I had to bring some knitting, but I was determined to pack light. Lighter than light. (I'm really trying to avoid any check in luggage, and I also have to allow for the possibility--however slight--that I might actually buy a few things while I'm there.)
That means I am restricting myself to ONE project. One. Scary.
So I'm making it a good one. Or I hope it will be a good one. I've been waiting to make these socks since the pattern came out on knitty this fall. I've had the wool since Erica's sidewalk sale this past summer. It's Nashua HandknitsWooly Stripes and should stripe up great.The pattern is the Hat-heel sock:
Instead of starting at the top (like traditional socks) or from the toe, you start at the heel and then knit the leg up from there and the foot/toe down from the other side.
No uncertainty about how many stitches you’ll need to cast on: because you start right at the tip of the heel and make it bigger and bigger, you start every pair of socks the same way no matter what size feet you’re making the socks for.
It looks pretty nifty, once you get your head past the idea that the gussets are in an unusual place.
You get the “I know I’ll have enough yarn for both socks” advantage of toe-up construction.
You get the “getting the correct foot length is easier” advantage of top-down construction.
You get a heel that really, truly fits.
Sounds pretty convincing, doesn't it?
The pattern isn't written for worsted weight, but I'm assuming I'll be able to figure it out. (Especially in light of #1 and #4 above.)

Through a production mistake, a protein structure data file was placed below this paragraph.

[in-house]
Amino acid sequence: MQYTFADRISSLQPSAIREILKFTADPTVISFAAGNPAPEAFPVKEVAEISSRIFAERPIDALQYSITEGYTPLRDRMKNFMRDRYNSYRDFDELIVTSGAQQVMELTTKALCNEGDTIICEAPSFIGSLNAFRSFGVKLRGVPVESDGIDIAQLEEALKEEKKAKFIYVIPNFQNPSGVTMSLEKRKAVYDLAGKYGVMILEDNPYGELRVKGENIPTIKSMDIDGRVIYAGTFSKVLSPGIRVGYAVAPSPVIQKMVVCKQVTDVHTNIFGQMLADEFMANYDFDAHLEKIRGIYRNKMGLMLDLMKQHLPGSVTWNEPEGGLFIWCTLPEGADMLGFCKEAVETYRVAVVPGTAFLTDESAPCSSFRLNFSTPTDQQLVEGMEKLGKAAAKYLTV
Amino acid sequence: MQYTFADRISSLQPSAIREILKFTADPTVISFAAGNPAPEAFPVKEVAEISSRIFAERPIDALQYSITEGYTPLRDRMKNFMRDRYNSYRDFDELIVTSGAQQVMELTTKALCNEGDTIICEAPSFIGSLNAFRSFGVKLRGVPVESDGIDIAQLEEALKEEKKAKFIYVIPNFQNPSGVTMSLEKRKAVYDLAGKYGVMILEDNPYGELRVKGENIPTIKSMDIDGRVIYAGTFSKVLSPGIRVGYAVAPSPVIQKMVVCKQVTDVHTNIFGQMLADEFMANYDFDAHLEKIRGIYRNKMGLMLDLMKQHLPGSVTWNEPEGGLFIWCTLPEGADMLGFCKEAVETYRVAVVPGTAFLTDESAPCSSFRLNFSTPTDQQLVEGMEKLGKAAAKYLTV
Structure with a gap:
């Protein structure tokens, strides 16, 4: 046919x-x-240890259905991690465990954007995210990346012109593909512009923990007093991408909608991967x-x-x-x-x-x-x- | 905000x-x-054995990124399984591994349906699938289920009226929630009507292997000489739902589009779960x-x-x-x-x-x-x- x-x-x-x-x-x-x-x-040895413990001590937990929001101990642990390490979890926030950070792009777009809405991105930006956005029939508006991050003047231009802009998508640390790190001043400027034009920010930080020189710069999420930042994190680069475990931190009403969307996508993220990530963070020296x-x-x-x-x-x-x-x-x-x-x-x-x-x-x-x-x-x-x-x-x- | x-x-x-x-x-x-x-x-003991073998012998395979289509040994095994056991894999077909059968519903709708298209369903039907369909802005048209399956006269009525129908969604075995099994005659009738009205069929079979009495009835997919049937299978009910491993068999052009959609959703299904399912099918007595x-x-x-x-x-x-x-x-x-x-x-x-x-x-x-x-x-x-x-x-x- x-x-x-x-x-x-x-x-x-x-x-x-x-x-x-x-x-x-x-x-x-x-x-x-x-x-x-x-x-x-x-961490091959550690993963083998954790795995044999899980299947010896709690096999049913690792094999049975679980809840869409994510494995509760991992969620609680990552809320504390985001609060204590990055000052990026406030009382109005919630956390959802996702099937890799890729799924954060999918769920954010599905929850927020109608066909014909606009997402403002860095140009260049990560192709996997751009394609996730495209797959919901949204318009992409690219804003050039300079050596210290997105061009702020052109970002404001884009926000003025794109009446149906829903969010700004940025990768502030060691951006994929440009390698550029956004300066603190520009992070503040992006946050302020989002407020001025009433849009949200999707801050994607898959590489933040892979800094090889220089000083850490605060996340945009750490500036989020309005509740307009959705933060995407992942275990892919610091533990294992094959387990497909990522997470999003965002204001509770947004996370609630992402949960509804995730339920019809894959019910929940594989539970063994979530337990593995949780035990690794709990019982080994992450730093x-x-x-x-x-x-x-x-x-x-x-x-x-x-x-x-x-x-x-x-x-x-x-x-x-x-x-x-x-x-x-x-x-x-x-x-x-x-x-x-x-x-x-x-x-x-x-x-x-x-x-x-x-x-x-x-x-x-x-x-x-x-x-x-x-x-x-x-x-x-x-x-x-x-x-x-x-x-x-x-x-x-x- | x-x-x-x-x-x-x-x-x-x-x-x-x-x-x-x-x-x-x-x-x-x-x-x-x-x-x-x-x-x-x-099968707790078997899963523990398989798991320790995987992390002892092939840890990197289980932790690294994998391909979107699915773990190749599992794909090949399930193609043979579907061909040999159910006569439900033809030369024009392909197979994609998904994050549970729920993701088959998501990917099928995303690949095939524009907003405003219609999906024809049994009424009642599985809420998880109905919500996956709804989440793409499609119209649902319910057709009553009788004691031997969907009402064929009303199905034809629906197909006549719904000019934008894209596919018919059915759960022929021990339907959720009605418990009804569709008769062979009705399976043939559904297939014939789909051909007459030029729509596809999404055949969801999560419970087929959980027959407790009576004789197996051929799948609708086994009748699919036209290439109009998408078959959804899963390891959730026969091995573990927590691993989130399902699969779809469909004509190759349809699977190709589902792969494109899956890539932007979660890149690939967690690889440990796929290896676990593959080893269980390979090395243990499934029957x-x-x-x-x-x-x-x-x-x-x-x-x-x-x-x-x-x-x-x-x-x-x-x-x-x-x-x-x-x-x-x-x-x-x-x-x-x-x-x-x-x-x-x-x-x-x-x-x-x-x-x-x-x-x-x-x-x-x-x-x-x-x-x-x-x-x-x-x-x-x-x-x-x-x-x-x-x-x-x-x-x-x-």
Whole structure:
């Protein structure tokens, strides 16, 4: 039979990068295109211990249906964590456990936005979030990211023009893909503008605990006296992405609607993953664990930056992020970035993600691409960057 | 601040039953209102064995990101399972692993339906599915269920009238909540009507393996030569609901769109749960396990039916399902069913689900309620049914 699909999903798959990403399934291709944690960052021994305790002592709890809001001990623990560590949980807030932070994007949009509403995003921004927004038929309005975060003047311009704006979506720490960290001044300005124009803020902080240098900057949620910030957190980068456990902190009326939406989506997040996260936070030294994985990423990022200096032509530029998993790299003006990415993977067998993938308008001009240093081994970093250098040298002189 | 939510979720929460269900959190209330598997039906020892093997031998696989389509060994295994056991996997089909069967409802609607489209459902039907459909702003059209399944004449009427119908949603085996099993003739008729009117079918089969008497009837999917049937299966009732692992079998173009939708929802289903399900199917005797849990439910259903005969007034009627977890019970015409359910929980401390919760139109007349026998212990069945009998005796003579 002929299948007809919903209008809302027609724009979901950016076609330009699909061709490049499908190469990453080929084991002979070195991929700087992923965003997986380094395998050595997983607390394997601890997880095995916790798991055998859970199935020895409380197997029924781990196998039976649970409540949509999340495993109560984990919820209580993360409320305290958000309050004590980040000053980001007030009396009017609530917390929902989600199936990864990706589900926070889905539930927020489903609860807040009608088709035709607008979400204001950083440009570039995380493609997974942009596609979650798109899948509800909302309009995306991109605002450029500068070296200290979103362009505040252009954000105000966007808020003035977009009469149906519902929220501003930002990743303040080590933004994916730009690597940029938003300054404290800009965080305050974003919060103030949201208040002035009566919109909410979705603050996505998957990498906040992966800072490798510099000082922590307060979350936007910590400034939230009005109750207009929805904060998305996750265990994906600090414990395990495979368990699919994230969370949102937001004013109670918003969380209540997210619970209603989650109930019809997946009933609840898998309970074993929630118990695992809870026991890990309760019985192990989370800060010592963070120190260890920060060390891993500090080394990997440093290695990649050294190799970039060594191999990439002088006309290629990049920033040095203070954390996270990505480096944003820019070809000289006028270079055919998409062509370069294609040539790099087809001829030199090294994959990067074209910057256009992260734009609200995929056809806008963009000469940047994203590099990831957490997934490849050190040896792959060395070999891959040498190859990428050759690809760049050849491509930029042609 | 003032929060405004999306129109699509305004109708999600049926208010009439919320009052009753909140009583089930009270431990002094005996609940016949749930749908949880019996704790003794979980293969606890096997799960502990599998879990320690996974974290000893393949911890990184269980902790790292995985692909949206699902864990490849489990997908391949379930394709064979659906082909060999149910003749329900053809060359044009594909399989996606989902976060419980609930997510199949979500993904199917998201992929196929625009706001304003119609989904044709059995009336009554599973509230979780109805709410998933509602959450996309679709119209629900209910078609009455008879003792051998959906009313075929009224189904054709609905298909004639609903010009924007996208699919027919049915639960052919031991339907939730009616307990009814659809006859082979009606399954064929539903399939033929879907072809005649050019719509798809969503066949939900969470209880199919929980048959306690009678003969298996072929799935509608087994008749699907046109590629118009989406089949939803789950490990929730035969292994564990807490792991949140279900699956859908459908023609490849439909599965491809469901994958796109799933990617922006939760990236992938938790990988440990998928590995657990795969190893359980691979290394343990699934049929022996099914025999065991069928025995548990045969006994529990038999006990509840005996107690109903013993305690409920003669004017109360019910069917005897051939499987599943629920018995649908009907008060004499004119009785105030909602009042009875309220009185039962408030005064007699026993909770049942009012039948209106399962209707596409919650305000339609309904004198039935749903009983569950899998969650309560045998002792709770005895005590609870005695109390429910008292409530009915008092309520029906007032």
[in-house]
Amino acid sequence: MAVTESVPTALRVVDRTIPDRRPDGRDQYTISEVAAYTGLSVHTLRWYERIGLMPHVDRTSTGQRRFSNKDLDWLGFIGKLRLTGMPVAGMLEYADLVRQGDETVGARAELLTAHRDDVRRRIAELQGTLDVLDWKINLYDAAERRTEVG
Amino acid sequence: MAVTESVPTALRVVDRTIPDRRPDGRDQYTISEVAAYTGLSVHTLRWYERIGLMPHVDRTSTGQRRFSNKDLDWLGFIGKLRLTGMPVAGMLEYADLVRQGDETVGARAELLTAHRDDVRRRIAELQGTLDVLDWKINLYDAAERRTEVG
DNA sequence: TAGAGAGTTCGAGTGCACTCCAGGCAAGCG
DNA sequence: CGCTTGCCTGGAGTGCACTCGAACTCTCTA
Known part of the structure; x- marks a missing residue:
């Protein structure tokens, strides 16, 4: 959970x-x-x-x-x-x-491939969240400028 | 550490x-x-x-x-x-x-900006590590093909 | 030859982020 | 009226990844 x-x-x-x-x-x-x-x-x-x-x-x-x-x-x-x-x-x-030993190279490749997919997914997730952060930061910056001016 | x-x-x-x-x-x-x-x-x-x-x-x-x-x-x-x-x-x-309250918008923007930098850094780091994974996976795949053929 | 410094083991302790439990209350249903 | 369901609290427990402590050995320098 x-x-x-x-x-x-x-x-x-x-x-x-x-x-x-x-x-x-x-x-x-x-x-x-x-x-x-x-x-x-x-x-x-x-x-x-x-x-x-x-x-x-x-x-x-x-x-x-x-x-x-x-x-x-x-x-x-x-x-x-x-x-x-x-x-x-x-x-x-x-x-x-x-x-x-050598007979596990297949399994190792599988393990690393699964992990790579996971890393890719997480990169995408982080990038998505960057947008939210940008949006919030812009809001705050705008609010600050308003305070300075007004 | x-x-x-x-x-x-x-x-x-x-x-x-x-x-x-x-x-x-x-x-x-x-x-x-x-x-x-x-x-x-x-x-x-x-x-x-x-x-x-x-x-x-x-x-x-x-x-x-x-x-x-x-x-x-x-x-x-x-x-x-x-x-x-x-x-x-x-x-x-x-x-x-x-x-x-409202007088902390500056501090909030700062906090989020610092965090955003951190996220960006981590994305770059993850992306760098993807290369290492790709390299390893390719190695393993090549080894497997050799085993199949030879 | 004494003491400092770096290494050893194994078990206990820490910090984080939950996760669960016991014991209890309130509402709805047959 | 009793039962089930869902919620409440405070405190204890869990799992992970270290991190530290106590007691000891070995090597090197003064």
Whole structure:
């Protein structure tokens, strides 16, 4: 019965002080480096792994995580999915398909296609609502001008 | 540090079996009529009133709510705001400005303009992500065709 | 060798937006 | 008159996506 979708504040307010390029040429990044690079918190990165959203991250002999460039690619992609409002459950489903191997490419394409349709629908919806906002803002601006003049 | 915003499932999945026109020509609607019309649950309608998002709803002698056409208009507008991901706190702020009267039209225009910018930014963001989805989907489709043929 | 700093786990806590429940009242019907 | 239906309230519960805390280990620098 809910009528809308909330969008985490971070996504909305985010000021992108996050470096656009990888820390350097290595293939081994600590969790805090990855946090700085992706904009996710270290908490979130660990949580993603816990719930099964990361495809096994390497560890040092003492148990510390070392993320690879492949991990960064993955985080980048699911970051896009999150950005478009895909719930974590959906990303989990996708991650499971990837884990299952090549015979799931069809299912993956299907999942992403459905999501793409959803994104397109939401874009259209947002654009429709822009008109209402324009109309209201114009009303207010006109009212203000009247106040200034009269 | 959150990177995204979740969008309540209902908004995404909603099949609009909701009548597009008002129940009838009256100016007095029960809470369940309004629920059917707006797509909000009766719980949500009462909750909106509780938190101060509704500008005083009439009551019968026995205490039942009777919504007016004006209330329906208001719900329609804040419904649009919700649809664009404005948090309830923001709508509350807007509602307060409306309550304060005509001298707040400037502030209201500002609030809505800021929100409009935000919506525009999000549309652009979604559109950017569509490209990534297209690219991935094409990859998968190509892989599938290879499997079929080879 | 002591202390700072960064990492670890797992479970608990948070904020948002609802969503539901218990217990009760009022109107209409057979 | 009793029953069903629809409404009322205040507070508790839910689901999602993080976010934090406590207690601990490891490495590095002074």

I've been assured by every online source I can find that knitting needles are very much allowed on domestic flights. Let's hope my security agents know that.
I started two different little projects this weekend.
First of all, I sorted through my "felting" sweaters that have been sitting around in my laundry room for quite a while. I found one cotton shirt which I obviously bought to wear since there's no way to felt it. So off it went to the laundry.
And I sorted out another sweater that I can't imagine why I would want to felt:
It was a little thick and heavy already, so would only get stiffer with felting. Plus, it's 15% nylon which is a little high for felting. (But just about right for socks!) So I raveled it.
Well, I should admit that I started to ravel it. I got the seams picked apart which is no small feat in itself. And I got the front done and wrapped into a skein (344 meters). But the back is just started and the sleeves are still waiting. I'm lucky my honey puts up with projects like this sitting on the couch for days. (I do try to keep the chair empty for him.)
As for the felting, there were a high percentage of sweaters with buttons on them. (Part of why they're being felted instead of raveled--the front of a cardigan is generally cut and sewn down the button edges and you don't get one continuous length of yarn.)
I dutifully cut off all the buttons to save for some other garment or project:
I really like the big burgundy ones. Sadly there were only two of them.
Here is a sampling of the sweaters I was doing:
Wouldn't that be a nice combination? I love it. The striped one was, unfortunately, overfelted and is now very stiff and thick. I might still use it; we'll see.
I did more sweaters but you'll have to wait to see the results. Right now I'm figuring on cutting them into squares and sewing up baby blankets; they could be really cute.
While visiting family this past summer, my MIL showed me a fabric bag she had which cooked perfect baked potatoes in the microwave in minutes. And then I saw them for sale in several stores we went to.